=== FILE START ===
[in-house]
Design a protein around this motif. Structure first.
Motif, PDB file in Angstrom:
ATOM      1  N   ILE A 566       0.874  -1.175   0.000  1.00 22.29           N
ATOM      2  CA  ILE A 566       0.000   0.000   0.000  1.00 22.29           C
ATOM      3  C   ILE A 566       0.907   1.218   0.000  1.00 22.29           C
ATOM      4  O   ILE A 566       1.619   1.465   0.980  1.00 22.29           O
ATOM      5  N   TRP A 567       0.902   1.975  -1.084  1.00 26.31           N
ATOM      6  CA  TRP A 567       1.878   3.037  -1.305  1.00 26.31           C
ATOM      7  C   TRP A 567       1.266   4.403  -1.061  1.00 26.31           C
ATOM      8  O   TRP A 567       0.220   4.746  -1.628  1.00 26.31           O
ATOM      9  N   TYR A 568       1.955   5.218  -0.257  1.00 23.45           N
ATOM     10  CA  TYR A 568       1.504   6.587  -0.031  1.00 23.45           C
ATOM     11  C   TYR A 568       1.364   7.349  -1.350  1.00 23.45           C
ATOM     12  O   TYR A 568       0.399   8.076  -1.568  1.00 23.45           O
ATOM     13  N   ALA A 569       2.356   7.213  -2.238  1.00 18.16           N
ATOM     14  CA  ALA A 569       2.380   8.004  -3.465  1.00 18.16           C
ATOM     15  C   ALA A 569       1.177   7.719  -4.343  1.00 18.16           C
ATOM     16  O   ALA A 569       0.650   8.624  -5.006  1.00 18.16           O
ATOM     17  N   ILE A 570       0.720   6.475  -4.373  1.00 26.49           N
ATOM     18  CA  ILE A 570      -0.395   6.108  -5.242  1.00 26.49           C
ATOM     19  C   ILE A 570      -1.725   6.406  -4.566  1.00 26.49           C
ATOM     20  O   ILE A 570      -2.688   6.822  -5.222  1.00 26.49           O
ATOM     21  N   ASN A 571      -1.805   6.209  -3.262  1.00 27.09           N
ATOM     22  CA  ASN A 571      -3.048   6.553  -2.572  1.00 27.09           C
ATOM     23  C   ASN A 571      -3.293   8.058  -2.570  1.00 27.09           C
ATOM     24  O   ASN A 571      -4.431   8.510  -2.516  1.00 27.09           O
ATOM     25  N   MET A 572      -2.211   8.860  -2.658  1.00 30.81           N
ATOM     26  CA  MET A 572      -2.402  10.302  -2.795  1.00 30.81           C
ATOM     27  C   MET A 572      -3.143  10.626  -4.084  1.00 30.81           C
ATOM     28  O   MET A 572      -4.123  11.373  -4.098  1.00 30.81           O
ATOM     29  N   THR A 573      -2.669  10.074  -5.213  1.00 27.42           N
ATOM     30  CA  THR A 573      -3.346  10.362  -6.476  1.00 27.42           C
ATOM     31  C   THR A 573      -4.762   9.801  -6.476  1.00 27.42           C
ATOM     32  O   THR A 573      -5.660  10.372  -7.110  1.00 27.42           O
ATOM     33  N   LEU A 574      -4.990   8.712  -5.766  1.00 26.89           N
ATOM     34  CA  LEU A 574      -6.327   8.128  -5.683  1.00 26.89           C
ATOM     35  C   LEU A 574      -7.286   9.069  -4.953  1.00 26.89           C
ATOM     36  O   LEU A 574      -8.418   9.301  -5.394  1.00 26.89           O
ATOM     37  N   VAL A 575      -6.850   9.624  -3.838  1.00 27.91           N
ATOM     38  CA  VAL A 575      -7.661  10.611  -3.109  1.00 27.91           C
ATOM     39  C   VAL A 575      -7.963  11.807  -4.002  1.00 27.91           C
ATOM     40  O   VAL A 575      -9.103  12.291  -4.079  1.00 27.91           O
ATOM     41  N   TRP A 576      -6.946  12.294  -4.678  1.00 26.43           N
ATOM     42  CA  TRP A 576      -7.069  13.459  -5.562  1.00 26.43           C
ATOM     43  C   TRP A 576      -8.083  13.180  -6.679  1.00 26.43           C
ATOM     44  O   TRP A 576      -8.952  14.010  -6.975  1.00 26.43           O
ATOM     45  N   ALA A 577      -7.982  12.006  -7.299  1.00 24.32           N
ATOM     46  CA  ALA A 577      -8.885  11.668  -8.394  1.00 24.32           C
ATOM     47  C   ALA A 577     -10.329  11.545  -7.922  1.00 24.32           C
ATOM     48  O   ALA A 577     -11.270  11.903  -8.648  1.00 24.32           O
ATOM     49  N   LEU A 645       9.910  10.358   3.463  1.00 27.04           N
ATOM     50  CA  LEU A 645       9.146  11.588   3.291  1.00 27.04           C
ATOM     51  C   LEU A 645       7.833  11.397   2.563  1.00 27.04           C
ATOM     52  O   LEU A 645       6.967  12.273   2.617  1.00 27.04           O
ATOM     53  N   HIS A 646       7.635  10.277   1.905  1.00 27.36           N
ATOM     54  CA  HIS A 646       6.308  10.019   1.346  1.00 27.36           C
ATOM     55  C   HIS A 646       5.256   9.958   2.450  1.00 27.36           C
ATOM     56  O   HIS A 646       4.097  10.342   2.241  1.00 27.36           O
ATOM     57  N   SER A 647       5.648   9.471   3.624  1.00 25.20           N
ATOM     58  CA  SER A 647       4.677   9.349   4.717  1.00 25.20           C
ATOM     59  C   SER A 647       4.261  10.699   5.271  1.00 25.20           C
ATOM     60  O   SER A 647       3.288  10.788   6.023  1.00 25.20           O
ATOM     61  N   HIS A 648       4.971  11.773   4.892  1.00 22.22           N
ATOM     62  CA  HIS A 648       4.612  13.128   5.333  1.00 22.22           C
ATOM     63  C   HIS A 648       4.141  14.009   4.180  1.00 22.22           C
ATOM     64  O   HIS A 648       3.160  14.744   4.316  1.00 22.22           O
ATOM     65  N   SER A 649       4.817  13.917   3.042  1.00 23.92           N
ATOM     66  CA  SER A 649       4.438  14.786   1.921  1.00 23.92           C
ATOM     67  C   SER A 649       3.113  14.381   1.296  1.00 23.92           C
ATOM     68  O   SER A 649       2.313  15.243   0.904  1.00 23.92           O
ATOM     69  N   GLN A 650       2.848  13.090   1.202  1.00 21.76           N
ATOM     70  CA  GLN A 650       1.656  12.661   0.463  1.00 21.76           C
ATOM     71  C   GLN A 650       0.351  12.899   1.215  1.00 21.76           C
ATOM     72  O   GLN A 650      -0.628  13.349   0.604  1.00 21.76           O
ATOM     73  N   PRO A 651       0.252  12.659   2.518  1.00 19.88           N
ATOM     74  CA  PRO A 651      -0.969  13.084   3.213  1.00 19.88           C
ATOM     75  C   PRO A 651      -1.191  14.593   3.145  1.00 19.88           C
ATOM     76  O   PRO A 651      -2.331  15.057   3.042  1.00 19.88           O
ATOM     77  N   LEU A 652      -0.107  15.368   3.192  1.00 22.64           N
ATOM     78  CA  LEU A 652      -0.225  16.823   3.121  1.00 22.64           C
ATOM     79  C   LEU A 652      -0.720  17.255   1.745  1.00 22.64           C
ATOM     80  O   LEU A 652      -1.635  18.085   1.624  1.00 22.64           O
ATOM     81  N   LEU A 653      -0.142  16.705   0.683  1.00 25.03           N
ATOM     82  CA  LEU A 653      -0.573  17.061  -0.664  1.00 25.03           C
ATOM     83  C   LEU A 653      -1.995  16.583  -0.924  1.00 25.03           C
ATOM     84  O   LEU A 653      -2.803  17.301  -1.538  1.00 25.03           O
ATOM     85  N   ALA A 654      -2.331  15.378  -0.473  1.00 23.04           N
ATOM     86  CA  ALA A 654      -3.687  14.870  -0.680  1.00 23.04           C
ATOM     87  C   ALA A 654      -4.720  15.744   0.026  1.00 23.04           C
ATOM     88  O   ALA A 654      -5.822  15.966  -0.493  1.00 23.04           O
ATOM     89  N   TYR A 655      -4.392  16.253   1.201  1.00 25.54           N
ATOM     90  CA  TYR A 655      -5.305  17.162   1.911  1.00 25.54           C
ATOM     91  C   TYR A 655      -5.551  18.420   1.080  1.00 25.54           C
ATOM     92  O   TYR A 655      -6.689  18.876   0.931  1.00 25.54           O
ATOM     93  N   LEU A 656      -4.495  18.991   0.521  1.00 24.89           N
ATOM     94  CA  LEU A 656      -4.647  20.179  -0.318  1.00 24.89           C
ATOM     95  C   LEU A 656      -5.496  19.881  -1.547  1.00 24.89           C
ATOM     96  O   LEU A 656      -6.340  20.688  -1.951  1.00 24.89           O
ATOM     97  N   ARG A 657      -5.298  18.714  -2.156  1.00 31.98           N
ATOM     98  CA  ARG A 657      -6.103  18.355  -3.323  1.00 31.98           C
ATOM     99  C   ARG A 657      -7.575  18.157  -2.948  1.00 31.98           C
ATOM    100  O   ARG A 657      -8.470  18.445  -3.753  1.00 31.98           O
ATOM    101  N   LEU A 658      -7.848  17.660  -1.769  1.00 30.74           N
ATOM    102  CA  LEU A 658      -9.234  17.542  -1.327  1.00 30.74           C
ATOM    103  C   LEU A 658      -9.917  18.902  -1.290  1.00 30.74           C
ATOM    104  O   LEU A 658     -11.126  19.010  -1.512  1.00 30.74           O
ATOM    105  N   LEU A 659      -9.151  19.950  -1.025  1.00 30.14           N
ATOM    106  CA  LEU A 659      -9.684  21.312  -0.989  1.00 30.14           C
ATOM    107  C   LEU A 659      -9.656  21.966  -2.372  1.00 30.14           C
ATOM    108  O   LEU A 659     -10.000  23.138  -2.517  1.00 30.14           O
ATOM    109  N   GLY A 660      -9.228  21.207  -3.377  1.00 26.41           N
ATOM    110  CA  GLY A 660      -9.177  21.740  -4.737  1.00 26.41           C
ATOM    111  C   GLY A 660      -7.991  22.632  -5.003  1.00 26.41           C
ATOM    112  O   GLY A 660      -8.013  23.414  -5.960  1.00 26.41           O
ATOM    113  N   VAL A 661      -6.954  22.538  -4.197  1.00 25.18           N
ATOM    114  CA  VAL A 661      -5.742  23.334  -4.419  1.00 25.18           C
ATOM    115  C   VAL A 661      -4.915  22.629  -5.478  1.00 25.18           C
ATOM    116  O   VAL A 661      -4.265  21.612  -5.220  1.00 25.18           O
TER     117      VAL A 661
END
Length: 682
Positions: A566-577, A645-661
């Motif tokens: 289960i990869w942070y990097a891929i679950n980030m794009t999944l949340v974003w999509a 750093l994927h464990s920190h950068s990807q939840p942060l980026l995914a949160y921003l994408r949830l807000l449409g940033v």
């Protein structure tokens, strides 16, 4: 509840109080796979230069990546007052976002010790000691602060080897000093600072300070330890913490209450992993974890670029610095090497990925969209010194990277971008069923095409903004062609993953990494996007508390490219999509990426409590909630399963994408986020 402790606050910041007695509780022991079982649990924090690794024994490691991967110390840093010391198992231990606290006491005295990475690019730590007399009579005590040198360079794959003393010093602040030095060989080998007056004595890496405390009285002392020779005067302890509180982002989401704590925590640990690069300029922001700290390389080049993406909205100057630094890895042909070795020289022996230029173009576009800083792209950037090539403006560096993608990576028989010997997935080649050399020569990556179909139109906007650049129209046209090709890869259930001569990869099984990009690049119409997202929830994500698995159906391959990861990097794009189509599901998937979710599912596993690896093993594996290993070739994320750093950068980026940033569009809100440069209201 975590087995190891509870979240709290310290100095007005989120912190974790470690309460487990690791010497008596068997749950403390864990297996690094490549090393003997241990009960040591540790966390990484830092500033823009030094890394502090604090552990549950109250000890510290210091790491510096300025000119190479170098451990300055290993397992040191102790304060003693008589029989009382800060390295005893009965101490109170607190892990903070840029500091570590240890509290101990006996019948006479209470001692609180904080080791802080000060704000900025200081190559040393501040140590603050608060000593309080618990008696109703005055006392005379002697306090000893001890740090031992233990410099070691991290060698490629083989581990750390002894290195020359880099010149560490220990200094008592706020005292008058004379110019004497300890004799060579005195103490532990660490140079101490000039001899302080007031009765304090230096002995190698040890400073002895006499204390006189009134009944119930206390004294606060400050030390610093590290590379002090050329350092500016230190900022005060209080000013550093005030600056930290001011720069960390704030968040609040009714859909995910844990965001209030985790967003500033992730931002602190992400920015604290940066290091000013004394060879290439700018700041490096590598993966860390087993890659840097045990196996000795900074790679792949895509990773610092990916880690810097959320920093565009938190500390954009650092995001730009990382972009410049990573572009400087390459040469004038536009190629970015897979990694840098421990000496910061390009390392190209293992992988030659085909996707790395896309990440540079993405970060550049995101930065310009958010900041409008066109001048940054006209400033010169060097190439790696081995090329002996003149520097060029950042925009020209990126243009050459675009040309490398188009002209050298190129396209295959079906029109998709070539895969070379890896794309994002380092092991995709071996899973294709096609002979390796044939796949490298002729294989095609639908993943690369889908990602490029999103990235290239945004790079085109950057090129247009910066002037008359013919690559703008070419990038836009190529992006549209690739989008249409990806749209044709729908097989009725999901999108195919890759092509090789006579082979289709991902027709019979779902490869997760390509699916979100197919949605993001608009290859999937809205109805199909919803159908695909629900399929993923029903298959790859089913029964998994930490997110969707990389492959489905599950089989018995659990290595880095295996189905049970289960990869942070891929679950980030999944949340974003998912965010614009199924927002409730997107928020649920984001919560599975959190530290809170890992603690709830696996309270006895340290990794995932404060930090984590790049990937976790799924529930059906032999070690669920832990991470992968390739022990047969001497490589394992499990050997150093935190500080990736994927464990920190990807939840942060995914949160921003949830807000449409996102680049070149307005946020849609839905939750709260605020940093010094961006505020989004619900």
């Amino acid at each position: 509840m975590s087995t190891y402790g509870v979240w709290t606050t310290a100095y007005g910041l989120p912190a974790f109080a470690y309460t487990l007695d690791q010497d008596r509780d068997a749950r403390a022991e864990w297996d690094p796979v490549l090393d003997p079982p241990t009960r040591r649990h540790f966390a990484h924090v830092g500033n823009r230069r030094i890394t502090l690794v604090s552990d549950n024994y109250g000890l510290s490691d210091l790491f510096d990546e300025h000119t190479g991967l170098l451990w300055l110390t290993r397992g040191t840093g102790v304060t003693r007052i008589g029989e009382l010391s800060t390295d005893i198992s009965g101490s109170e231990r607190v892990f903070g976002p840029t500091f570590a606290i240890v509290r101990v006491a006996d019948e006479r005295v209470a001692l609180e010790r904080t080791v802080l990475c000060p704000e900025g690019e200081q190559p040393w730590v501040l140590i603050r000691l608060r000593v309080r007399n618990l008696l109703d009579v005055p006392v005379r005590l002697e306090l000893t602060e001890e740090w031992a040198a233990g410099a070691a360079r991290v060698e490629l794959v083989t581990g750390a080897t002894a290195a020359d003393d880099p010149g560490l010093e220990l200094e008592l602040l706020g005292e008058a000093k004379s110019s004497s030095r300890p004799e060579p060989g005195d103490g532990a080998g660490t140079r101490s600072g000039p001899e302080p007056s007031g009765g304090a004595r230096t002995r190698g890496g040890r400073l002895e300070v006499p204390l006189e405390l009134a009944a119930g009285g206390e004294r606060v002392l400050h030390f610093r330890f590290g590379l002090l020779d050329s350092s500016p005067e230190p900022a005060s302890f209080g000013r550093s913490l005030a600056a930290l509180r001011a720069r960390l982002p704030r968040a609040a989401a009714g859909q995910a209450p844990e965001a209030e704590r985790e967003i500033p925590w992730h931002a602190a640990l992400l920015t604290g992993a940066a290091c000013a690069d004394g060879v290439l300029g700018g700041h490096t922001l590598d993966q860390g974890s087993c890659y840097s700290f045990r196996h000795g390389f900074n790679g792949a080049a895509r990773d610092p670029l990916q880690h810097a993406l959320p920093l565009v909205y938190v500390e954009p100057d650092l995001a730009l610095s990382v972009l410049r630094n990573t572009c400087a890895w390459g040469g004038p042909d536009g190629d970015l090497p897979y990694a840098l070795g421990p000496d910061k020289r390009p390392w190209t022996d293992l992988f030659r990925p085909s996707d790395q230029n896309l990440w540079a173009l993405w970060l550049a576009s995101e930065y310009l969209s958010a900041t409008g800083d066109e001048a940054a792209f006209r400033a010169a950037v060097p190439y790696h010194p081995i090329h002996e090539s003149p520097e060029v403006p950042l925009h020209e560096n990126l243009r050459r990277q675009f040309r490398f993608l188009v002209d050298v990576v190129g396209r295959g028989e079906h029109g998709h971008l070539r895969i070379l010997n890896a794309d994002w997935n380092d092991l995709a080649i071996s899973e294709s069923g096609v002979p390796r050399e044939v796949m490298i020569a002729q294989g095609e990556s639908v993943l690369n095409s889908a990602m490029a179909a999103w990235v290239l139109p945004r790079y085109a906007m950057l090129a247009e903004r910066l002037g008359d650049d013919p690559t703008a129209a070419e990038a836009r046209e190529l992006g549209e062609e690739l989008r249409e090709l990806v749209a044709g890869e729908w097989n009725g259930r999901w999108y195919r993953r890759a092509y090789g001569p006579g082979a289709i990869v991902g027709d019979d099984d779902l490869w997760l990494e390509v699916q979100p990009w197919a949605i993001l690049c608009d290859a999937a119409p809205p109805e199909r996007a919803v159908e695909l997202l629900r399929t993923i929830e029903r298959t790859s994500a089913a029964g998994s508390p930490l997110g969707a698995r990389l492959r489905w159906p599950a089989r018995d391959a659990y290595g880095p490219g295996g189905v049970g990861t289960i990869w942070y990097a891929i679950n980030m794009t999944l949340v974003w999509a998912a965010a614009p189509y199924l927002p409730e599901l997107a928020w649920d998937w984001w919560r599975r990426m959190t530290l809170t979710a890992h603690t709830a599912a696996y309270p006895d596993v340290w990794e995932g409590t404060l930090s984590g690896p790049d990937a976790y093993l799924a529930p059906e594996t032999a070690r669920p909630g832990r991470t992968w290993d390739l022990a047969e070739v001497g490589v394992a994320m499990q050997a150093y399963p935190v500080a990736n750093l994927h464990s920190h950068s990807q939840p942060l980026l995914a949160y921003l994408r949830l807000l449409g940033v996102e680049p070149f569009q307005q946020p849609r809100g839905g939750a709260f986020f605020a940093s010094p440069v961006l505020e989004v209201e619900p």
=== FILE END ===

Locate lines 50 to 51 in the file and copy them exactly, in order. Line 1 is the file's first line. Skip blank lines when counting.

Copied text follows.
ATOM     47  C   ALA A 577     -10.329  11.545  -7.922  1.00 24.32           C
ATOM     48  O   ALA A 577     -11.270  11.903  -8.648  1.00 24.32           O